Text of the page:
Jack Hidary

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Jack Hidary
Jack Hidary.jpg
Personal details
Political party Independent
Website Campaign website

Jack Hidary is a technology and financial entrepreneur who lives In New York City. He is the chairman of Samba Energy and was the co-founder of EarthWeb/Dice, Inc. and Vista Research. He also co-founded the Auto X Prize and was one of the architects for the Cash for Clunkers program. Hidary was a 2013 New York City mayoral candidate running as an independent.

Business career[edit]

  • EarthWeb/Dice Inc.: In 1995, Jack Hidary co-founded the IT information portal EarthWeb with his brother Murray Hidary and entrepreneur Nova Spivack.[1] In 1997, they brought on Tristan Louis, who helped them launch developer.com,[2] a pivot that culminated in Earthweb's 1998 IPO and one of the largest first-day returns in NASDAQ history.[3] In 1999, under Hidary's leadership, EarthWeb acquired the tech career website Dice.com. In 2000, EarthWeb was renamed as Dice Inc. and taken private.[4] In 2005, Dice Inc. was sold to the private equity firms Quadrangle and General Atlantic Partners for approximately US$200 million.[5]
  • Vista Research: Hidary co-founded Vista Research in 2001 as an independent financial research company serving institutional investors, drawing on experts in the fields of technology, media, telecommunications, energy, aerospace and healthcare.[6] Vista Research was acquired in 2005 by the Standard & Poor’s division of McGraw-Hill.[7]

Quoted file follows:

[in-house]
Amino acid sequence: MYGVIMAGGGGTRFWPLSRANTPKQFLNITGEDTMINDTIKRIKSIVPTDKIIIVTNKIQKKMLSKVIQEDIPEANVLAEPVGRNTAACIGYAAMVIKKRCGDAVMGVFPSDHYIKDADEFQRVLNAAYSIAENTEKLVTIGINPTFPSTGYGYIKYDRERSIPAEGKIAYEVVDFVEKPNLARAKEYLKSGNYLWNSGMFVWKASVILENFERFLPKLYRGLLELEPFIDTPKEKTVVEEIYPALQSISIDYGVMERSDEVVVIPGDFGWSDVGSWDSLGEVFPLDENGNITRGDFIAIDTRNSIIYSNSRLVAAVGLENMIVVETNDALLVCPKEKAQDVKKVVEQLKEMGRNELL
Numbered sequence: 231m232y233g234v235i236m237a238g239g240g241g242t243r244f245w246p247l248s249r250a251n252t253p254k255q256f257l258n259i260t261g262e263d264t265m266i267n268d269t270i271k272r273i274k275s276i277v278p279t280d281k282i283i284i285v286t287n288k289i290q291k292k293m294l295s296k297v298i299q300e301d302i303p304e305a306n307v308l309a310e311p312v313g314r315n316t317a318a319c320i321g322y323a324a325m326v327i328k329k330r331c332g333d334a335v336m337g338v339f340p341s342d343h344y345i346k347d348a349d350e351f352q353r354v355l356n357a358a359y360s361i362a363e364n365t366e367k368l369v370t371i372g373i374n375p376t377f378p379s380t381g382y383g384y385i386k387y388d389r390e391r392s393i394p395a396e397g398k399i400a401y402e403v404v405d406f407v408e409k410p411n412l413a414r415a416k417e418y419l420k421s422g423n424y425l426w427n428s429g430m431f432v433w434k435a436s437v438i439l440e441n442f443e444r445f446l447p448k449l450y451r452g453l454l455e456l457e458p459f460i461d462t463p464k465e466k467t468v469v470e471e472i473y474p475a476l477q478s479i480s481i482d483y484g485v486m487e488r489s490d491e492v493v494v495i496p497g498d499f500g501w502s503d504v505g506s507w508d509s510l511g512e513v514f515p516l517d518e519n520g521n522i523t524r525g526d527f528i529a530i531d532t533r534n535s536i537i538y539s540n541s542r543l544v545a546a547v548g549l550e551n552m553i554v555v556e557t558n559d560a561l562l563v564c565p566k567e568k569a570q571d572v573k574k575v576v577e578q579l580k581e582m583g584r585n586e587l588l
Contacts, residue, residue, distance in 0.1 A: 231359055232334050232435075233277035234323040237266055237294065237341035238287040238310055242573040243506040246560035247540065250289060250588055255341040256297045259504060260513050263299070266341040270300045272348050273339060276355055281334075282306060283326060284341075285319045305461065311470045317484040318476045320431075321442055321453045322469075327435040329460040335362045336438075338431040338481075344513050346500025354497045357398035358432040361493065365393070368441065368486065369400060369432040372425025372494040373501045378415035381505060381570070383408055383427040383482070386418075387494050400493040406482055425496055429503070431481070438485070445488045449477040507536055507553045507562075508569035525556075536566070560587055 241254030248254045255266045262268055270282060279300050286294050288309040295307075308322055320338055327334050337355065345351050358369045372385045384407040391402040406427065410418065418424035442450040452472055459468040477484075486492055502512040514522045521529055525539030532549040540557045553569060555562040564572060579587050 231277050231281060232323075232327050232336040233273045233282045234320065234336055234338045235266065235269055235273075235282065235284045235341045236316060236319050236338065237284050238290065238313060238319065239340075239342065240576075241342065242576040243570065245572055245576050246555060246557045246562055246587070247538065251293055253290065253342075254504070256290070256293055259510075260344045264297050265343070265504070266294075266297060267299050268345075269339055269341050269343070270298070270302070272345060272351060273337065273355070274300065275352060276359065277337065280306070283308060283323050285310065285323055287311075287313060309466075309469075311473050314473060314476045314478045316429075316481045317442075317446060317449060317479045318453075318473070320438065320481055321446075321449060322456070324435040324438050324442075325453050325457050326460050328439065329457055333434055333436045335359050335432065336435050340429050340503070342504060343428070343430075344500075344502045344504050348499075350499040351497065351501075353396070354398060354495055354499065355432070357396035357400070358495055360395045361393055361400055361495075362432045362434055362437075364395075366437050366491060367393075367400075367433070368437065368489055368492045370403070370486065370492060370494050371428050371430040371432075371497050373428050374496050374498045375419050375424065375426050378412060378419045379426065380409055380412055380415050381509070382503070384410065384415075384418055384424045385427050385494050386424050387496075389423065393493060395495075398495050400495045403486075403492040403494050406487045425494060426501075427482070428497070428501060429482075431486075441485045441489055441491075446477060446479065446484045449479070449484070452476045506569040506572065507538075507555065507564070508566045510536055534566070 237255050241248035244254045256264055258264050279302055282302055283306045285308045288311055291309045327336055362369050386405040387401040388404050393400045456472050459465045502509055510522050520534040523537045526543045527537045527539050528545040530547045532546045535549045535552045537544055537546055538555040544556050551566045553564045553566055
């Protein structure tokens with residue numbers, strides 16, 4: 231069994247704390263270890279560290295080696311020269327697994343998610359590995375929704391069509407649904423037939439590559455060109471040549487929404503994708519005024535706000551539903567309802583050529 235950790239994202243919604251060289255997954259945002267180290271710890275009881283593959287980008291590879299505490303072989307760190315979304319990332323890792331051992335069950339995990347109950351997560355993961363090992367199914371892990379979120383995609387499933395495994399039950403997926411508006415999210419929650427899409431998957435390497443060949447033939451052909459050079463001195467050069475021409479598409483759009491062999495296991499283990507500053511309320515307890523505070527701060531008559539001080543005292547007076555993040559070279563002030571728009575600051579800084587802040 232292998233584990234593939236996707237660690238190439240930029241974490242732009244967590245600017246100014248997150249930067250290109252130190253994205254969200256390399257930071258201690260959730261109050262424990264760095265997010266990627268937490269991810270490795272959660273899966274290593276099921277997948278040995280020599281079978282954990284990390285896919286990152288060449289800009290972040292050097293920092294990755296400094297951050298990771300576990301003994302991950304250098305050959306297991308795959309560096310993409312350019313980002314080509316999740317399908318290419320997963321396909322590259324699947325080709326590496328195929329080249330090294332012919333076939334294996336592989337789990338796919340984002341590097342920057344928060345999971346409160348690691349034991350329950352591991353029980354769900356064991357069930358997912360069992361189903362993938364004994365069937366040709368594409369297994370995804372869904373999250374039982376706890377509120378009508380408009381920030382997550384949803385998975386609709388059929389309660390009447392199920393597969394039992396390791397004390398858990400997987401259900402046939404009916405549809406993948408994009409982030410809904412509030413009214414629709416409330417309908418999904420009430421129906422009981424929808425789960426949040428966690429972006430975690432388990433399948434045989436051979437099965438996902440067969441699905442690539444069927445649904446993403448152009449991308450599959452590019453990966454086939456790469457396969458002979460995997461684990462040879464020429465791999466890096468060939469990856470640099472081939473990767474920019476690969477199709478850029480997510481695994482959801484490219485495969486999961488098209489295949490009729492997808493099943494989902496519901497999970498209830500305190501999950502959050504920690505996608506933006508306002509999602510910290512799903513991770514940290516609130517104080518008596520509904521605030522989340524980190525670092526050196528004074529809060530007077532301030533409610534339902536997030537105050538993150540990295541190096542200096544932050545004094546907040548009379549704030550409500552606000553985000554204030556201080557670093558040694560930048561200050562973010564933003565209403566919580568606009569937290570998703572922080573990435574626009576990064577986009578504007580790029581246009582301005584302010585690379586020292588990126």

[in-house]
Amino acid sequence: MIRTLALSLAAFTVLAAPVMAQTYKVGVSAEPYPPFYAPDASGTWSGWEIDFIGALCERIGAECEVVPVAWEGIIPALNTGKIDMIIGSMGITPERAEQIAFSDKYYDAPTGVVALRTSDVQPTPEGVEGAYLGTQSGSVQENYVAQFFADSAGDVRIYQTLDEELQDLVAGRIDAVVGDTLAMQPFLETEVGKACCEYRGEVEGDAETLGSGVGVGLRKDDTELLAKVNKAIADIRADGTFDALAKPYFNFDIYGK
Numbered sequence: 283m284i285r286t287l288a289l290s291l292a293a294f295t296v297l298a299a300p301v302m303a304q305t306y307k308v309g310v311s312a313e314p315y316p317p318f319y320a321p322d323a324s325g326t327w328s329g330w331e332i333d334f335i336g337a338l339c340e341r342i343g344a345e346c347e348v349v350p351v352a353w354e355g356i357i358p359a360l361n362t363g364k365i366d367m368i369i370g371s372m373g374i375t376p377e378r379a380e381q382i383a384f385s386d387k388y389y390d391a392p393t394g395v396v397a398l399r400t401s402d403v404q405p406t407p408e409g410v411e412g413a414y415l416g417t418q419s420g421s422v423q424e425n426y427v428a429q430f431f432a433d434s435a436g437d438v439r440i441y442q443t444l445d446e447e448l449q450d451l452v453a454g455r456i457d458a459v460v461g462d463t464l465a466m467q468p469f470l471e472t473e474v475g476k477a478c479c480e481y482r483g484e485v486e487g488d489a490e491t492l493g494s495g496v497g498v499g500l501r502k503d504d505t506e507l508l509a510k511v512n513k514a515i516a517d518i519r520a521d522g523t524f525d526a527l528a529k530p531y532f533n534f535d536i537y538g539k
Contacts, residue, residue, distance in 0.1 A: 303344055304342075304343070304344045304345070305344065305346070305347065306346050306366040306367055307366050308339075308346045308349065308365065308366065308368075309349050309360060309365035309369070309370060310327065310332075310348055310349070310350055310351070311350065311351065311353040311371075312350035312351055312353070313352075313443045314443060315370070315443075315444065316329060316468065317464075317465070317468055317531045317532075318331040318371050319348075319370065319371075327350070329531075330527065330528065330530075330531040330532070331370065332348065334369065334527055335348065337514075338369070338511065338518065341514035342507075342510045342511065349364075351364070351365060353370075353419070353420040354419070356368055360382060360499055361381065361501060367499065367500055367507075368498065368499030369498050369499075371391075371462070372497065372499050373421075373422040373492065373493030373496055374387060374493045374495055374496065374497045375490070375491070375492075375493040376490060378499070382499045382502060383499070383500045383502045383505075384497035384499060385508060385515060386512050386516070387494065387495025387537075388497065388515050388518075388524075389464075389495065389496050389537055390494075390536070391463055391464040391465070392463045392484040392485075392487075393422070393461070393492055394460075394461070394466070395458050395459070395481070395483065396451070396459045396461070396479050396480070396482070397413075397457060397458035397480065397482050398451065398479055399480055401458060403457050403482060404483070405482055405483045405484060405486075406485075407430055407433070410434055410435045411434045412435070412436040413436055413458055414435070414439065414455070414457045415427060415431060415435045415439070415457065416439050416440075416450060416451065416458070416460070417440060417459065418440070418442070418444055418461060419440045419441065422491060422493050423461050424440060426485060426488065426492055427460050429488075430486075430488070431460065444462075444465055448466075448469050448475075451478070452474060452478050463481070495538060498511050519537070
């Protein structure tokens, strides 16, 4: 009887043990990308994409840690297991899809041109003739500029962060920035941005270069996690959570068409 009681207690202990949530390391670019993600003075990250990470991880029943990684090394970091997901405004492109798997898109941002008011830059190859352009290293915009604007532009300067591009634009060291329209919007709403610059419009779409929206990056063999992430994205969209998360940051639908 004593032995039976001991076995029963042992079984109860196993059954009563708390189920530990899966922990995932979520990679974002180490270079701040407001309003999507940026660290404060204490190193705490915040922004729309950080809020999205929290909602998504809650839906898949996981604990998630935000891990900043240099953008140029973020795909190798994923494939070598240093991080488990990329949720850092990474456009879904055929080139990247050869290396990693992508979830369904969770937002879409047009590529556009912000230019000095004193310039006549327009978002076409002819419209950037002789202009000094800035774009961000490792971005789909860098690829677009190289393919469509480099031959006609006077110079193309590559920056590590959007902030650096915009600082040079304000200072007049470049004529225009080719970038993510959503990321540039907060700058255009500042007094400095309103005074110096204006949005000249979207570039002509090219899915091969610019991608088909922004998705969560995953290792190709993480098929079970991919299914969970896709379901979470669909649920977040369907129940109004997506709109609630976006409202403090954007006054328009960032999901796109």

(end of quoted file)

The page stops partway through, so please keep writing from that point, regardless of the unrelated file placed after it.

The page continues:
• Samba Energy: Hidary is currently the Chairman for Samba Energy, a provider of software and services for clean energy and commercial building energy efficiency.[8]
  • Primary Insight: Hidary is an investor of Primary Insight, an expert network that connect buy side investors, consultants, and business decision-makers with industry experts.[9]

Social and policy initiatives[edit]

Jack Hidary has been a vocal proponent of renewable energy and an expert in transportation technology and policy. He is a trustee of the X Prize Foundation and the co-founder of the Auto X Prize, which inspired the development of highly fuel-efficient vehicles. He is also on the advisory board of the NREL.[citation needed]

In 2008, Hidary helped design the Cash for Clunkers program,[10] a $3 billion program that provided economic incentives for people to trade in older, less-efficient vehicles for newer, more fuel efficient ones.

Hidary has served as a partner or trustee for numerous New York City groups, including the Partnership for New York City, the Citizens Budget Commission and the Association for a Better New York. He is also a founding member of the Clinton Global Initiative (CGI).[11]